Mundeshwari – the oldest Hindu temple and its connection with Bihar.

Dated back to 625 CE, Mundeshwari Temple, located at Kaura in Kaimur (Bhabua) district of Bihar, is considered to be the oldest Hindu temple in India. It is also the oldest functional temple of the world. The temple is situated at the height of 608 feet on ‘Pawra hills’ (commonly referred to as Mundeshwari hills). The temple is built in Nagara style of temple architecture. Its architecture and idols are challenged to be of the Old Saka era. The time period for this era is estimated sometime in the 1st millennium BCE as ancient Buddhist, Jaina and Hindu use its name in their inscriptions and texts. Though its adjact time of this is a subject of dispute among scholars. Even great historian ‘Alexander Cunningham’ has mentioned about Mundeshwari Temple and its historical value in one of his book.

The temple is built of stone on an octagonal plane. It is a very rare kind of structure. Its entrance has door jambs with carvings of Ganga and Yamuna. It has the unique Mukhalingam (lingam with four faces), which is the major point of fascination for the visitors. Though the main presiding deity is Devi Mundeshwari deified inside a niche (a cave kind structure). Her idol is seen with ten hands holding symbols, riding a buffalo, attributed to Mahisasuramardhin. The worship of Shakti in the form of Devi Mundeshwari in the temple is also indicative of tantric cult of worship, which is practised in Eastern India. It also has idols of other popular gods such as Ganesha, Surya and Vishnu.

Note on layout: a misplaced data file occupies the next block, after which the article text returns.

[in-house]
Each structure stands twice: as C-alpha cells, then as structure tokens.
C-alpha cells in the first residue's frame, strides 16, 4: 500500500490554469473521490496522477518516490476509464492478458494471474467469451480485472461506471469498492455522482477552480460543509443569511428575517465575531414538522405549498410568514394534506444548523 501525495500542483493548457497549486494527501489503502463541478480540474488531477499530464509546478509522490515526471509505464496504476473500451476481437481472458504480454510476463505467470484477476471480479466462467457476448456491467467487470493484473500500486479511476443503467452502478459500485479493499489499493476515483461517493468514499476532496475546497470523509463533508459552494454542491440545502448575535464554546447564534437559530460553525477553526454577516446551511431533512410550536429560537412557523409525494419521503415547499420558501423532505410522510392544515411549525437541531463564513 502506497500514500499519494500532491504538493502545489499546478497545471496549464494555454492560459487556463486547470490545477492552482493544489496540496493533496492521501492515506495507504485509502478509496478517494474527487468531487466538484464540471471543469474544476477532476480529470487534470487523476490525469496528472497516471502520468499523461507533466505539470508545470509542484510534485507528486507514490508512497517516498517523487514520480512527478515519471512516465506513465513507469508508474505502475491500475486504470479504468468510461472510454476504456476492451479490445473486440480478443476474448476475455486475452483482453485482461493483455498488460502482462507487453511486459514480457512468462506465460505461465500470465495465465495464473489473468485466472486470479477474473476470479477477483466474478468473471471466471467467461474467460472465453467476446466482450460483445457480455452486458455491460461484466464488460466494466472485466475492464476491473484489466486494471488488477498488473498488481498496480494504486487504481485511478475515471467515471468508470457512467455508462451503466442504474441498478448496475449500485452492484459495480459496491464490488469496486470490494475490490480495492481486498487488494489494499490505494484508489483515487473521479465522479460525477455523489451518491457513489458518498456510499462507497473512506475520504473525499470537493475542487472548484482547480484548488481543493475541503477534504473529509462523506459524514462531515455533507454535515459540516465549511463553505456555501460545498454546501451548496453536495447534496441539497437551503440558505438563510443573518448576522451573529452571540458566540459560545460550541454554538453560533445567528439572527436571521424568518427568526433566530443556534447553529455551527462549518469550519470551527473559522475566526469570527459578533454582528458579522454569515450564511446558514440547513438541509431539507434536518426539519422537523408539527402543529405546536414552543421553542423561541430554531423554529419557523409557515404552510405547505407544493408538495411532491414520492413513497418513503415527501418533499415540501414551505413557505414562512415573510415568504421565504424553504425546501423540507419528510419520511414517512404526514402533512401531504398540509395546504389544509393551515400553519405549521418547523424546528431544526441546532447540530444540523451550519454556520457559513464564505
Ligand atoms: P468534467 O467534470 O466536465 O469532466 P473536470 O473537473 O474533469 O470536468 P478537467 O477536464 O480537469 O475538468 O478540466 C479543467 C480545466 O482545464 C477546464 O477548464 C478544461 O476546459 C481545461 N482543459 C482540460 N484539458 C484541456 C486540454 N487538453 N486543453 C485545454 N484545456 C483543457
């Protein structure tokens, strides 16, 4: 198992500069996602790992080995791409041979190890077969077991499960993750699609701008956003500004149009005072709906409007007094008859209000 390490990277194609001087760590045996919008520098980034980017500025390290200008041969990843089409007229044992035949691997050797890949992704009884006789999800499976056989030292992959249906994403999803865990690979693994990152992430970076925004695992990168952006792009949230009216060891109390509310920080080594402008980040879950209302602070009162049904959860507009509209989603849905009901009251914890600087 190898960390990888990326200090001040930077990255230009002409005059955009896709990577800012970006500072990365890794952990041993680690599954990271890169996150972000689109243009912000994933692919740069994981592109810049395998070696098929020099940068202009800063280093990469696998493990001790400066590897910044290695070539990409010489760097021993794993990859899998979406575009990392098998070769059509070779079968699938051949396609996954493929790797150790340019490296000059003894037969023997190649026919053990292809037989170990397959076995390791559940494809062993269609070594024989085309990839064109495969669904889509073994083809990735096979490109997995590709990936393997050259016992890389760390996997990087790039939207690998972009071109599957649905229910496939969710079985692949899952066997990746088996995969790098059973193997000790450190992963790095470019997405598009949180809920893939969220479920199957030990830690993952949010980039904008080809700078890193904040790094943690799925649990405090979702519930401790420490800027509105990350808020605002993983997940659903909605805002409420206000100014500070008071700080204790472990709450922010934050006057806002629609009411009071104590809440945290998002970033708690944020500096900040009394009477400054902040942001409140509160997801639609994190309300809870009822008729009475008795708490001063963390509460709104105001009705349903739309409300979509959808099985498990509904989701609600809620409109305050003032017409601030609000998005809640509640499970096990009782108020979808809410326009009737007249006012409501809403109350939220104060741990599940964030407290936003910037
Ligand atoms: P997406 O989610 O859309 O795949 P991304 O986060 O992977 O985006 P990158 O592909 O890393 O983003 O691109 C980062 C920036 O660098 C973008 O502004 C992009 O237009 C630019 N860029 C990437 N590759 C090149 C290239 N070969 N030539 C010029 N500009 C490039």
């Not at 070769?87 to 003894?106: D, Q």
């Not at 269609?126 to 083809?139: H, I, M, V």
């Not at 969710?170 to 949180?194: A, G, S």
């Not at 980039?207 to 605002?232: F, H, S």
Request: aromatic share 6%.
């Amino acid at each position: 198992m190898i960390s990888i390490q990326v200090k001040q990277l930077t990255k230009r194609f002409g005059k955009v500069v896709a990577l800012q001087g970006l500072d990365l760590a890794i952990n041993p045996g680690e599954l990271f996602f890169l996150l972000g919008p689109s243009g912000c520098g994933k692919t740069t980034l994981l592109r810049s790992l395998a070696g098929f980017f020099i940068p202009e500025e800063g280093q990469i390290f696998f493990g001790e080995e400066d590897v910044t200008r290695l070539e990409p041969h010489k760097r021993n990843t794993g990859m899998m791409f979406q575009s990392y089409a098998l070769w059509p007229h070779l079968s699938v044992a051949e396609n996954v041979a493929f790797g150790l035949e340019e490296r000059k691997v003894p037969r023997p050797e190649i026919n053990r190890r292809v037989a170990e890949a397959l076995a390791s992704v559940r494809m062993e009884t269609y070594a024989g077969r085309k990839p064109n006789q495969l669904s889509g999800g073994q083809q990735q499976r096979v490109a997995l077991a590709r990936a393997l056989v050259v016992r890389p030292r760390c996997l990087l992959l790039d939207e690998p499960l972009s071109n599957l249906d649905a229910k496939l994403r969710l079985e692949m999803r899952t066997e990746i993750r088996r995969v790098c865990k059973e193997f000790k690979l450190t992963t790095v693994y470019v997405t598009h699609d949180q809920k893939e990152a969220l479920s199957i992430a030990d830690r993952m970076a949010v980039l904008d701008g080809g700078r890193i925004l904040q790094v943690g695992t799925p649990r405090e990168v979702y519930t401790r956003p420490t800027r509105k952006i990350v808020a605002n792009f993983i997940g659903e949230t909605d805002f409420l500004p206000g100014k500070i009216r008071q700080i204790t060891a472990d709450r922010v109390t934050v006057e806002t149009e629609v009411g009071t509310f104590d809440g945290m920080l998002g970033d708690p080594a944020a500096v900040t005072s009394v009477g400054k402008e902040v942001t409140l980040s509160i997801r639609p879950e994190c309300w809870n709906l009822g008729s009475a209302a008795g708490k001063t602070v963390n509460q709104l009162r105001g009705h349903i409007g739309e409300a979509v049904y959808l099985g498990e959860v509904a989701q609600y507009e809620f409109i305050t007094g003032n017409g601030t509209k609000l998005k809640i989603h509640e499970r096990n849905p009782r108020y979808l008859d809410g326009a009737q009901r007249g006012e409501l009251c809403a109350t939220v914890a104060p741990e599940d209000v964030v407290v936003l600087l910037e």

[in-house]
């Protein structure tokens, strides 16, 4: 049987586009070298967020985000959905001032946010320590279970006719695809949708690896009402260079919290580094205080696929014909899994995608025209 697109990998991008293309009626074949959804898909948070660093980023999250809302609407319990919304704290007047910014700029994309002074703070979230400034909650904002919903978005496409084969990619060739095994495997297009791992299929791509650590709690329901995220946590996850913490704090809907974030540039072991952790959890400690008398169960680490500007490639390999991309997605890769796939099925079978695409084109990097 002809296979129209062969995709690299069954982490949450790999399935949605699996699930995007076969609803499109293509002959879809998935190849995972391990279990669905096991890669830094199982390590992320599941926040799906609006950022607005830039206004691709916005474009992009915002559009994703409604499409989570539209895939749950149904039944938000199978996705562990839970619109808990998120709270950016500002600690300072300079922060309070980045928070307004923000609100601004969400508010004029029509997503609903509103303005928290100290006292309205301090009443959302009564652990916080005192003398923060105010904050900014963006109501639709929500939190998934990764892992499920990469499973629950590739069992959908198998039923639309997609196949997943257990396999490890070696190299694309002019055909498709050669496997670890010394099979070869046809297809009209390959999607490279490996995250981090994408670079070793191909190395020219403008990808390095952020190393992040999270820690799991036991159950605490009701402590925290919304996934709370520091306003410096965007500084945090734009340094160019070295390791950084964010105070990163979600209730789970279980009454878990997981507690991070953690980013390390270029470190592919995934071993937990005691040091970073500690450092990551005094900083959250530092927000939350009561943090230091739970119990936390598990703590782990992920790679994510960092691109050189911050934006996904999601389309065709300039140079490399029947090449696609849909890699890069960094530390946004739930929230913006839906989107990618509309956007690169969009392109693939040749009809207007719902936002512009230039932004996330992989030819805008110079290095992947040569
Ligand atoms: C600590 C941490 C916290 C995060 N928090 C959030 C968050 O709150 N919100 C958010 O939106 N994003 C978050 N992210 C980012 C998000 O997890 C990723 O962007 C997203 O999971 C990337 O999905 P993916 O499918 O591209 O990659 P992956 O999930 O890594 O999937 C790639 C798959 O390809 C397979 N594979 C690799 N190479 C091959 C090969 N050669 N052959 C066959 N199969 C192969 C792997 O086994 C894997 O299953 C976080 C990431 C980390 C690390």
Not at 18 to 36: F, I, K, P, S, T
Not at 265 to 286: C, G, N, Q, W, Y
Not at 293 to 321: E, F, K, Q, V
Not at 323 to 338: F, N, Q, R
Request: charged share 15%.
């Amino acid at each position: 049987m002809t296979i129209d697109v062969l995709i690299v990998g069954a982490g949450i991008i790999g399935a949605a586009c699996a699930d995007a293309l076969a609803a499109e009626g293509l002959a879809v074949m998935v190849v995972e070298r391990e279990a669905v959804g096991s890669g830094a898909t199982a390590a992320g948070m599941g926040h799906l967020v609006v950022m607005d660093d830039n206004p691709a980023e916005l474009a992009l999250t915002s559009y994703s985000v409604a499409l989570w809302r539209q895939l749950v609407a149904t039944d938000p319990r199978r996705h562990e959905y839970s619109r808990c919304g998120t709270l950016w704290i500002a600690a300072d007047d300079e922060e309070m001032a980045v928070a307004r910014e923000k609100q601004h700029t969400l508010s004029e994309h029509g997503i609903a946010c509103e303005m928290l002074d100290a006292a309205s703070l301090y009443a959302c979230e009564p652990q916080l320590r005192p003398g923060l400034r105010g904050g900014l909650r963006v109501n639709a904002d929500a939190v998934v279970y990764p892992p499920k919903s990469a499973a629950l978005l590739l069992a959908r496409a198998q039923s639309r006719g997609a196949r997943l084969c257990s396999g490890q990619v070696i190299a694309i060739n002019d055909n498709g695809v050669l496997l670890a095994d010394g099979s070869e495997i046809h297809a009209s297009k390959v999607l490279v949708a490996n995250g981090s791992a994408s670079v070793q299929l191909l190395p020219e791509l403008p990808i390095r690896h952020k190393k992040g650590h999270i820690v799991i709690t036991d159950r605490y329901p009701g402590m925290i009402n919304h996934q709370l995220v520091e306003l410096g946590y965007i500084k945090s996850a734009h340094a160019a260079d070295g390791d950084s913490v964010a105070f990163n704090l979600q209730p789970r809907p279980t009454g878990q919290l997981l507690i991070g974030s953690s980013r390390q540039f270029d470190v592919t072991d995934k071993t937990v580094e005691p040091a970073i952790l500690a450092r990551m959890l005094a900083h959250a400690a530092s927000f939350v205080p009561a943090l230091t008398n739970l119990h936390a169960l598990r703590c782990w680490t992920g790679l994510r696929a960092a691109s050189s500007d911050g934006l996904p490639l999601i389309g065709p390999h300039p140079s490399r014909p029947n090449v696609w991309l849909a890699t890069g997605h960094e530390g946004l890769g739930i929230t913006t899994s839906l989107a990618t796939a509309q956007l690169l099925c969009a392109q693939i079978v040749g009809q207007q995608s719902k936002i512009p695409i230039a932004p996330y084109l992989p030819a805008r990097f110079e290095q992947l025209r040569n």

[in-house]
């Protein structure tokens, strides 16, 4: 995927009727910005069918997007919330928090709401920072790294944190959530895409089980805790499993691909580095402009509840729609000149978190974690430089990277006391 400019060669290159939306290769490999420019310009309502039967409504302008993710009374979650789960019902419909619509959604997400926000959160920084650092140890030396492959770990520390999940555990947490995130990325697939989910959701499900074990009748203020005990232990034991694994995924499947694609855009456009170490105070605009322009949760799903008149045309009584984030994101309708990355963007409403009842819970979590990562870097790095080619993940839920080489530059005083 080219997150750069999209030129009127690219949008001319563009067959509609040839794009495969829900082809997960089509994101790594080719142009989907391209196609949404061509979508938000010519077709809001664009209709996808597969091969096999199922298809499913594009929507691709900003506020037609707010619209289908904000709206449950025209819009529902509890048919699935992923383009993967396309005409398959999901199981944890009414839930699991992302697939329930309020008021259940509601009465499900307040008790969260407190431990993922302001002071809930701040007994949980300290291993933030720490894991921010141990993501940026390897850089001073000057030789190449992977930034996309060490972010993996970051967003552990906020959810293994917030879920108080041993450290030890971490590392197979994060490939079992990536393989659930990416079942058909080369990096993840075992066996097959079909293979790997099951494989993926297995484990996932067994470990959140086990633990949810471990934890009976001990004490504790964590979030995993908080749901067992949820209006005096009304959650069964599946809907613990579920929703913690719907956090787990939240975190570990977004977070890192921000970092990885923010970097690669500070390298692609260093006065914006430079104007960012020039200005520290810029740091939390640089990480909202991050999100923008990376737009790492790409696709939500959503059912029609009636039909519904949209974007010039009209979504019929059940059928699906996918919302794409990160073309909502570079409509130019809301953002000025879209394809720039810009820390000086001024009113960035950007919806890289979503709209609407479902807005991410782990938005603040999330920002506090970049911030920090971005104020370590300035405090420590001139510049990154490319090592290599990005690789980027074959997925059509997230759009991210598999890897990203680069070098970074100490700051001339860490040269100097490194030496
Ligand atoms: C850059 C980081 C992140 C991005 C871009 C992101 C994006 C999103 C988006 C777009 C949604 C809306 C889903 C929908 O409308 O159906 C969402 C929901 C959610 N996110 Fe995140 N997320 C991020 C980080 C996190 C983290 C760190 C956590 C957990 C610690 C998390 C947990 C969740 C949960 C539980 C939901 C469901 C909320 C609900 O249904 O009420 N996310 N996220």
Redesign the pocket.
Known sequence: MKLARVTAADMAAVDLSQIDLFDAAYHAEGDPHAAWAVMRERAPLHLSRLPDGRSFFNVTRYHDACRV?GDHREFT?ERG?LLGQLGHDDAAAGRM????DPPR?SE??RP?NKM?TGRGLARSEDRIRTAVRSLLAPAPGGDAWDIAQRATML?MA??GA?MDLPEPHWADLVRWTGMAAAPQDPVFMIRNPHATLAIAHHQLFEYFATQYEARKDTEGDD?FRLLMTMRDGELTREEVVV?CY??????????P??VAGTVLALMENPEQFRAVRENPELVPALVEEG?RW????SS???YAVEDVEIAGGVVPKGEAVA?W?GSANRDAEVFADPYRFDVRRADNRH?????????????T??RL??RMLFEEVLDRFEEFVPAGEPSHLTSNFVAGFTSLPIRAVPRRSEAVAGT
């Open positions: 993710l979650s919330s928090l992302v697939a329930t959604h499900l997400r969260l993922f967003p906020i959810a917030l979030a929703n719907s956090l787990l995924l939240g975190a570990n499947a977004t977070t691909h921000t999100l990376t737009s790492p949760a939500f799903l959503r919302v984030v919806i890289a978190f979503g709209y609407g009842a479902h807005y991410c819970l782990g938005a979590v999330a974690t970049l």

The chanting sound of bells around the temple walls is truly satisfying. This temple is known to the world for its mysterious animal sacrifice. Here no animal gets killed while sacrificing. I know you are confused as well as amazed but it’s true. In this temple instead of killing the animal, the priest laid down the animal and keep a flower on it. As the flower was kept, the animal falls into unconsciousness and don’t get up till the time the flower is there. After the pooja or rituals get finished, the flower will be removed, and the animal will be awake again. How and why this happens is a mystery? Though the devotee who visits this place believes it a blessing from deity Mundeshwari.

The present condition of the temple is not very acceptable as it’s been repeatedly destroyed at different times by different rulers. It can be observed and experienced by the scattered ruins (Shilalekh) near and around the temple. Since 1915, the Archaeological Survey Of India had adopted the monument and taking care of it consistently. They conducted numerous excavation on this site, during which many ancient idols of Ganesh and Shiva were found; together with some parts or ruin of the temple. Approx 97 such pieces, which were found in that excavation then kept in ‘Patna Museum’ and ‘Kolkata Museum’ for its watch and safety.

It is not just a religious destination but this place is an incredible option to cherish your weekend. The way to reach there will get accompanied with natural beauty, village aesthetic, historical essence as well as sacred zest. Situated between Gaya and Varanasi, this place can be reached by means of road along with railways. This temple is a must to visit the site at the time of Dashera, Ramnavami and Shivratri.

Quote of the day:“Let’s find some beautiful place to get lost.” 
– Anonymous